Marikana miners may approach ICC
Lawyers for the miners are considering approaching the ICC over the August 2012 shootings at Marikana.
JOHANNESBURG - Lawyers representing the Marikana miners have said it's likely that they will approach the International Criminal Court (ICC) regarding the 2012 shooting.
WATCH: _Miners sought a court order to compel President Jacob Zuma to release the report before 30 June. _
The president has said publicly that he will make the Farlam Commission of Inquiry's findings public by 30 June, and his lawyers have indicated that if he is prepared to do so sooner, he will give the affected parties a 48-hour notice.
In August 2012, 34 miners were gunned down by the police at Lonmin's Marikana mine during a labour protest.
Ten people were also killed in the days leading up to the shooting including a mineworker, strikers, two Lonmin security guards and two policemen.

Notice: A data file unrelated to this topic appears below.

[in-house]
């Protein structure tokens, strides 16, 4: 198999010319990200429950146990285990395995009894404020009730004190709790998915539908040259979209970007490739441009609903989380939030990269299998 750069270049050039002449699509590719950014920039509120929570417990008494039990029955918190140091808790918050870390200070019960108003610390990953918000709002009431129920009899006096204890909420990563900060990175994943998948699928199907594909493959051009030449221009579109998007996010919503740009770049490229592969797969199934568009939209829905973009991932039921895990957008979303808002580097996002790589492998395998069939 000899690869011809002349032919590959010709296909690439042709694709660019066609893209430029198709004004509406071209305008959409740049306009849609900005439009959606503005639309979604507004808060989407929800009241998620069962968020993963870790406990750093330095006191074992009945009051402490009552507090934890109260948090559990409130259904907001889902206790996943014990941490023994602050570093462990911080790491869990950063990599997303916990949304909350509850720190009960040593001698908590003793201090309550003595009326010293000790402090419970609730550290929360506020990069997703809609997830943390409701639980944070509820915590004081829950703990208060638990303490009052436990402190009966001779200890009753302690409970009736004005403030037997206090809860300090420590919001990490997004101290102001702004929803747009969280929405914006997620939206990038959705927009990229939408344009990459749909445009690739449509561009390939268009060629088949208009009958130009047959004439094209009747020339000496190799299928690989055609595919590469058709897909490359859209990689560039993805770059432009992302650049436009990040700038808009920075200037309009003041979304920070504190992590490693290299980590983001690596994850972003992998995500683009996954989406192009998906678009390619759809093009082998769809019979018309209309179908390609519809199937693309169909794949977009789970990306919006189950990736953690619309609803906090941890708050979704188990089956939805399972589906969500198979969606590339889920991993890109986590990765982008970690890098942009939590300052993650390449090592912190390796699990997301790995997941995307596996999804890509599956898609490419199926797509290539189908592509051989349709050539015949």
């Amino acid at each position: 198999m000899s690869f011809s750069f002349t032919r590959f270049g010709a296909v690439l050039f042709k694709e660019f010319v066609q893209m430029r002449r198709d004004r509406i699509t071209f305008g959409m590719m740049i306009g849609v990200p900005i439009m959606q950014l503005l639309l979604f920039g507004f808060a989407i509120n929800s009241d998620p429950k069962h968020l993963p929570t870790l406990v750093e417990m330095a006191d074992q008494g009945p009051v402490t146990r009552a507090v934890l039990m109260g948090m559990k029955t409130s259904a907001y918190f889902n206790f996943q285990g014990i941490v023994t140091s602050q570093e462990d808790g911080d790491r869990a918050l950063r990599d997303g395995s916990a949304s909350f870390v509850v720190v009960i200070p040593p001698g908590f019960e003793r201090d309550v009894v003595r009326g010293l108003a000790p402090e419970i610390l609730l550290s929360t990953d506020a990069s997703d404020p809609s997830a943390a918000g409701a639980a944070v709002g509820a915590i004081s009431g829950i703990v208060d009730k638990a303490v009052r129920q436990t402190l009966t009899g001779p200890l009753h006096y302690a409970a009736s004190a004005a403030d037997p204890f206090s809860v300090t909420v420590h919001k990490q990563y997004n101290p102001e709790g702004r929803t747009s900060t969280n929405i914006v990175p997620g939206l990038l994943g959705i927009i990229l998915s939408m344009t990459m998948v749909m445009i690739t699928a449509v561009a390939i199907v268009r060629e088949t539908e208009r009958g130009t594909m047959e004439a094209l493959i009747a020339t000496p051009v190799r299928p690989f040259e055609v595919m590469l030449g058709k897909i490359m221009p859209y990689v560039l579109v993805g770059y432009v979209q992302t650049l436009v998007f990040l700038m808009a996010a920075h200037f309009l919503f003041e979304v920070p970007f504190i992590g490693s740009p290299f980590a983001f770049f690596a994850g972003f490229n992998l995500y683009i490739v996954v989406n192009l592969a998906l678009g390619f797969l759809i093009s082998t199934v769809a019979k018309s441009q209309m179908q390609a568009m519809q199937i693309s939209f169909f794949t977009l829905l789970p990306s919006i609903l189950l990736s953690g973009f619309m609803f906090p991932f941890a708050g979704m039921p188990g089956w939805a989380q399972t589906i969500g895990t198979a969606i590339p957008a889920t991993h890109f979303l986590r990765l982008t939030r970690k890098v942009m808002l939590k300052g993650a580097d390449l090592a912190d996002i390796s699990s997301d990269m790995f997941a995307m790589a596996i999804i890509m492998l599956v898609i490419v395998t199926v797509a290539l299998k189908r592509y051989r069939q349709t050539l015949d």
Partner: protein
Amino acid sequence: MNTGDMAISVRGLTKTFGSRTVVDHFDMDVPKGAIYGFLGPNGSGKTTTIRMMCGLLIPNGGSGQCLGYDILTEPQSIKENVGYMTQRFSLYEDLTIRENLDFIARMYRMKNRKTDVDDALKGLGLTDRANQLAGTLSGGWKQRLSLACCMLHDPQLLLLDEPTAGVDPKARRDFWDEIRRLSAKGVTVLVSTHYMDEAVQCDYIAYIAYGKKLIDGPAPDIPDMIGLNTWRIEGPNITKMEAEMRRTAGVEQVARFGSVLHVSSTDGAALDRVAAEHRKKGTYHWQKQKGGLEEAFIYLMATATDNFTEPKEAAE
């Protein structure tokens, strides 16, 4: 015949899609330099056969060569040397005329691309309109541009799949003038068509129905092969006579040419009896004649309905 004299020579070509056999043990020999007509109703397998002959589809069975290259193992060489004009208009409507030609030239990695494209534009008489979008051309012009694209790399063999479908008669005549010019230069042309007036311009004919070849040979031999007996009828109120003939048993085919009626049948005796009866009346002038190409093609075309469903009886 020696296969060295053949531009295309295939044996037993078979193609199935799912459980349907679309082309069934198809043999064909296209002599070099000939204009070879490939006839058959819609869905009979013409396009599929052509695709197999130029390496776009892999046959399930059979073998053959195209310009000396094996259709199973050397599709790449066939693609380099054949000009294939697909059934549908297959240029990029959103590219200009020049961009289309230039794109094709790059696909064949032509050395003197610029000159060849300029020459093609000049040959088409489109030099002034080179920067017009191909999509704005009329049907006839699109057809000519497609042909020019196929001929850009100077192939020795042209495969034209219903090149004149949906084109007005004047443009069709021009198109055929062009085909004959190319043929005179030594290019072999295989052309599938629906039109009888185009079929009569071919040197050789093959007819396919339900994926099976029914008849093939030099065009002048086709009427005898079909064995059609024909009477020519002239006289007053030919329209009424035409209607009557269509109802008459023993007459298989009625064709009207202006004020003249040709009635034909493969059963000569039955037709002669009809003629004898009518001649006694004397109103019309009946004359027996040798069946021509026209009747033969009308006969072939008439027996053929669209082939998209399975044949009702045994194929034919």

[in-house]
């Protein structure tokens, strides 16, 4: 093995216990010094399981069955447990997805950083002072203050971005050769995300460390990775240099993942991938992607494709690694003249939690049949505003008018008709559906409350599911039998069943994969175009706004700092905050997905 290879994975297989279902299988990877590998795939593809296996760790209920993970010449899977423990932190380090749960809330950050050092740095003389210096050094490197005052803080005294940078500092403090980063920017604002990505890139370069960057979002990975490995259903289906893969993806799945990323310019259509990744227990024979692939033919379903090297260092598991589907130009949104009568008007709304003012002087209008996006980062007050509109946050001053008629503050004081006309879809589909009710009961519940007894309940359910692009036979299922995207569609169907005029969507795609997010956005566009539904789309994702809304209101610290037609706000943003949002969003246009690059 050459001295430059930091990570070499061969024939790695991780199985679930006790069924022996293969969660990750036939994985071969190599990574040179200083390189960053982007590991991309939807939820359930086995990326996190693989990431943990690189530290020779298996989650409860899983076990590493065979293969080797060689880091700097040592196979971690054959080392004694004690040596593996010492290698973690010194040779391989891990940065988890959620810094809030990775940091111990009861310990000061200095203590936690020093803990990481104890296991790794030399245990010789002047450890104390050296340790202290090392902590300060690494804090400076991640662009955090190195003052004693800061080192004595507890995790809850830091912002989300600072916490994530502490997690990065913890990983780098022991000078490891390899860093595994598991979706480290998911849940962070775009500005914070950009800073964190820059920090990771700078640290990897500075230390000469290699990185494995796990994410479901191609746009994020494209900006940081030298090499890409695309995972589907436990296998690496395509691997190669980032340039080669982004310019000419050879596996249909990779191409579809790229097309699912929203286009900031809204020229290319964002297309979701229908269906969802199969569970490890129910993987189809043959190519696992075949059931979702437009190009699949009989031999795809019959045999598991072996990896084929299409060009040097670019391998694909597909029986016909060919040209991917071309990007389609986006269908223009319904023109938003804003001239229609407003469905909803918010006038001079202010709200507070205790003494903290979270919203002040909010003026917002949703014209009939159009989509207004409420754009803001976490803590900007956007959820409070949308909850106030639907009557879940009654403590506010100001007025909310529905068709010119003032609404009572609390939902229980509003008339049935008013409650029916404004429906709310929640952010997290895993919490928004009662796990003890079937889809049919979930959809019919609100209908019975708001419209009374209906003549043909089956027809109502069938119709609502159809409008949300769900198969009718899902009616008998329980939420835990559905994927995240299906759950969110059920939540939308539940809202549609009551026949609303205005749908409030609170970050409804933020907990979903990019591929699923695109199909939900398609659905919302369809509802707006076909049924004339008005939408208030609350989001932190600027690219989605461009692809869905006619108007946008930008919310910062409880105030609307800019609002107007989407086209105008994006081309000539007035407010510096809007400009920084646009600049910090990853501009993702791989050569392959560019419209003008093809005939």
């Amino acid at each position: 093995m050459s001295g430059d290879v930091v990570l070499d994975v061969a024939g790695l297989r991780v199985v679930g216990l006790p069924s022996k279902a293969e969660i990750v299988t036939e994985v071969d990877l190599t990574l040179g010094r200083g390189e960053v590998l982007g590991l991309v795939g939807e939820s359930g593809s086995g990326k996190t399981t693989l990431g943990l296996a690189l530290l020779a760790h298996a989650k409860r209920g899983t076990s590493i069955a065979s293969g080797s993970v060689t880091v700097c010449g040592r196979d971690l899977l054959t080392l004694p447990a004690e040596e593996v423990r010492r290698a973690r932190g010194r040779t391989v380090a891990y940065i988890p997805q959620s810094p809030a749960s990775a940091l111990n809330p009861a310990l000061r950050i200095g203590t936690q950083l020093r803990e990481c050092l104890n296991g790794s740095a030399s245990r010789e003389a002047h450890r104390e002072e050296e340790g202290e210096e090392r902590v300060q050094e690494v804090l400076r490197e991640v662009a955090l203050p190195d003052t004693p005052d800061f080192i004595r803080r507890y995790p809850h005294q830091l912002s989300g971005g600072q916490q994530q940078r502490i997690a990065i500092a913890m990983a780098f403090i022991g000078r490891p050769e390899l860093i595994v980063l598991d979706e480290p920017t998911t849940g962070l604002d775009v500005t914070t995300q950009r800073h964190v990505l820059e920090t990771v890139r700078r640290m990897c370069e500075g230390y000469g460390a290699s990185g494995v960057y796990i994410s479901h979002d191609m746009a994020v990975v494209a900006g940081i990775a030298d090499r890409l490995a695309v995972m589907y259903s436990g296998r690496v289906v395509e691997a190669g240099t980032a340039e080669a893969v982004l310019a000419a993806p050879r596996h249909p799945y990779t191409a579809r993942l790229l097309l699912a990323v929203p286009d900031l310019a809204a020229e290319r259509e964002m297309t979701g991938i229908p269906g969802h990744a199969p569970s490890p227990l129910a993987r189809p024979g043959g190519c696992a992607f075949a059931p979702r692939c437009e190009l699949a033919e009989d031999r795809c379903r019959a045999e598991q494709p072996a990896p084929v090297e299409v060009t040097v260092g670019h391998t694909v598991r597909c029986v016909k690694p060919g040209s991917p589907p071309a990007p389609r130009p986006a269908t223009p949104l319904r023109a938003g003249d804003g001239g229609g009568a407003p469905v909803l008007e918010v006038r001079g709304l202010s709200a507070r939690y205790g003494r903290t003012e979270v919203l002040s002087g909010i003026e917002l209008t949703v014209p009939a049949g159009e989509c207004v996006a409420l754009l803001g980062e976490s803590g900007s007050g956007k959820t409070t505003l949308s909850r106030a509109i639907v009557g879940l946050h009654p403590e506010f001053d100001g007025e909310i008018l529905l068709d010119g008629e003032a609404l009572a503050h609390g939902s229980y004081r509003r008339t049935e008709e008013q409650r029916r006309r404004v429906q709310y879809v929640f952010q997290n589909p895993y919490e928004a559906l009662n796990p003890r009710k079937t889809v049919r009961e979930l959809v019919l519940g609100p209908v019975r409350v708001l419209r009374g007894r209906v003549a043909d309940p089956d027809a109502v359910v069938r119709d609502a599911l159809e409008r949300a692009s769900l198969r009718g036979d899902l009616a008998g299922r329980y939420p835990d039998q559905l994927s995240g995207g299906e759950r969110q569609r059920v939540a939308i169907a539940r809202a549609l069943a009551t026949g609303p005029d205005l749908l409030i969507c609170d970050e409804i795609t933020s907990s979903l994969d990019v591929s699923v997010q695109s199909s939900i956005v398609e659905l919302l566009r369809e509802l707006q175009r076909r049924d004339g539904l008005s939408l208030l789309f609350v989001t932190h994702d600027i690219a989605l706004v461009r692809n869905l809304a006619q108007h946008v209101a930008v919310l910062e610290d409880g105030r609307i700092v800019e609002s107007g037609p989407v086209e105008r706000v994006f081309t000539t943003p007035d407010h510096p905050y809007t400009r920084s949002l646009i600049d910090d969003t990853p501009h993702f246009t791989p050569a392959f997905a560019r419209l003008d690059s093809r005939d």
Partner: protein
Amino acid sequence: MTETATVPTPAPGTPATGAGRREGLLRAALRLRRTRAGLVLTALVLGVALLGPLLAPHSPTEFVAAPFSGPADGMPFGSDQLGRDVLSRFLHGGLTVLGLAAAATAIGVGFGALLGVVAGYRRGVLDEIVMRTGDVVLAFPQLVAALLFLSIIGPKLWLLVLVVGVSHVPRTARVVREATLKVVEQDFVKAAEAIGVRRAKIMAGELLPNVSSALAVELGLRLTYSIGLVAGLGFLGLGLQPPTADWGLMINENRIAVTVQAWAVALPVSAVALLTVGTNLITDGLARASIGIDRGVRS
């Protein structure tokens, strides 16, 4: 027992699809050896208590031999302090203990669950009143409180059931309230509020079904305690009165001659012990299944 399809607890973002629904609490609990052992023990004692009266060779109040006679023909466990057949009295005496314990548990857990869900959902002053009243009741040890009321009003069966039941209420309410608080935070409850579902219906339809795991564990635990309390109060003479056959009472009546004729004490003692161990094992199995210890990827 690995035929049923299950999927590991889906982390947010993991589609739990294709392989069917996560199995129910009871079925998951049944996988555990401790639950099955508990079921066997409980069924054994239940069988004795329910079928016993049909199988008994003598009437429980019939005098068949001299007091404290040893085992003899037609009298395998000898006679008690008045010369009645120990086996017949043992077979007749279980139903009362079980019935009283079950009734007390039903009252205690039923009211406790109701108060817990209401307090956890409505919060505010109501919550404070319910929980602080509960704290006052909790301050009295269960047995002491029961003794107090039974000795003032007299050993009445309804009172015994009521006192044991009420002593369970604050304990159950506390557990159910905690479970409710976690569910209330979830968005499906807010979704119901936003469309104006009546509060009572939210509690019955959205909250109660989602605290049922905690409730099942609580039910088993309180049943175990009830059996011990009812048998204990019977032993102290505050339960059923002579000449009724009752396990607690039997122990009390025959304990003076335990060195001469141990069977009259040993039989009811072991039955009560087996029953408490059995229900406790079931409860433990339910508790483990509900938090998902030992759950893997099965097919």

An inquiry was established by the president to investigate if the police were justified in using lethal force.
The inquiry sat for 293 days and heard testimonies from 50 witnesses about the violence that broke out at the North West platinum mine in 2012.
Zuma vowed to release it by that date, saying he needed time to consider the serious recommendations.
However, attorney Simon Tlhatlha said even though they were unsuccessful with their urgent application, it doesn't mean they will avoid going to the ICC at some stage.
"It's not coming out for the first time now. It's something that they have been saying to us since the events of the 16th of August. Will we ever get justice in South Africa? Can't we take this matter up? We want the report and this is something we have been considering."